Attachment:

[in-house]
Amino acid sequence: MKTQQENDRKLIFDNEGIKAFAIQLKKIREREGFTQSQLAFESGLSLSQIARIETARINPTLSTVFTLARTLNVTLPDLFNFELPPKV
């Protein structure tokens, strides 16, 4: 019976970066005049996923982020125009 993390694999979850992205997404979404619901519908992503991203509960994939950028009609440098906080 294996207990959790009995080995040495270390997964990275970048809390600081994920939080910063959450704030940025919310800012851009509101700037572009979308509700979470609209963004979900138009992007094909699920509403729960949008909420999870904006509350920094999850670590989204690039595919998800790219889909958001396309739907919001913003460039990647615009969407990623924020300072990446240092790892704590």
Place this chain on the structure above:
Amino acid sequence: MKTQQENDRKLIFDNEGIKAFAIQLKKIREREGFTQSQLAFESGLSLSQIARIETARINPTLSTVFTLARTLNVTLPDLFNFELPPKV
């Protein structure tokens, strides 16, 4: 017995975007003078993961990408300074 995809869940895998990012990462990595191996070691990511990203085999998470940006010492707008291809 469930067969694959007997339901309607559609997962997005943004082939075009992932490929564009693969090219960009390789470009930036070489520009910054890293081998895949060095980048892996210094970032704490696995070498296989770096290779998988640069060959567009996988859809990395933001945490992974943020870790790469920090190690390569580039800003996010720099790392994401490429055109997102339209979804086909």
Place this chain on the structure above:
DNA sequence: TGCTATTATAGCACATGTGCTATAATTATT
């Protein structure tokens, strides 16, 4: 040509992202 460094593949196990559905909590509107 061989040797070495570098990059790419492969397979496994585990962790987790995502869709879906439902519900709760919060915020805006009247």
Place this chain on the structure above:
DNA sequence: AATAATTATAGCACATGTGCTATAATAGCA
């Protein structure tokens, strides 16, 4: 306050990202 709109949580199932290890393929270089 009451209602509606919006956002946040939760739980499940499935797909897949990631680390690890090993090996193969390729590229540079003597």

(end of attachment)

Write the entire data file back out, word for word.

[in-house]
Amino acid sequence: MKTQQENDRKLIFDNEGIKAFAIQLKKIREREGFTQSQLAFESGLSLSQIARIETARINPTLSTVFTLARTLNVTLPDLFNFELPPKV
């Protein structure tokens, strides 16, 4: 019976970066005049996923982020125009 993390694999979850992205997404979404619901519908992503991203509960994939950028009609440098906080 294996207990959790009995080995040495270390997964990275970048809390600081994920939080910063959450704030940025919310800012851009509101700037572009979308509700979470609209963004979900138009992007094909699920509403729960949008909420999870904006509350920094999850670590989204690039595919998800790219889909958001396309739907919001913003460039990647615009969407990623924020300072990446240092790892704590």
Place this chain on the structure above:
Amino acid sequence: MKTQQENDRKLIFDNEGIKAFAIQLKKIREREGFTQSQLAFESGLSLSQIARIETARINPTLSTVFTLARTLNVTLPDLFNFELPPKV
């Protein structure tokens, strides 16, 4: 017995975007003078993961990408300074 995809869940895998990012990462990595191996070691990511990203085999998470940006010492707008291809 469930067969694959007997339901309607559609997962997005943004082939075009992932490929564009693969090219960009390789470009930036070489520009910054890293081998895949060095980048892996210094970032704490696995070498296989770096290779998988640069060959567009996988859809990395933001945490992974943020870790790469920090190690390569580039800003996010720099790392994401490429055109997102339209979804086909």
Place this chain on the structure above:
DNA sequence: TGCTATTATAGCACATGTGCTATAATTATT
């Protein structure tokens, strides 16, 4: 040509992202 460094593949196990559905909590509107 061989040797070495570098990059790419492969397979496994585990962790987790995502869709879906439902519900709760919060915020805006009247």
Place this chain on the structure above:
DNA sequence: AATAATTATAGCACATGTGCTATAATAGCA
């Protein structure tokens, strides 16, 4: 306050990202 709109949580199932290890393929270089 009451209602509606919006956002946040939760739980499940499935797909897949990631680390690890090993090996193969390729590229540079003597």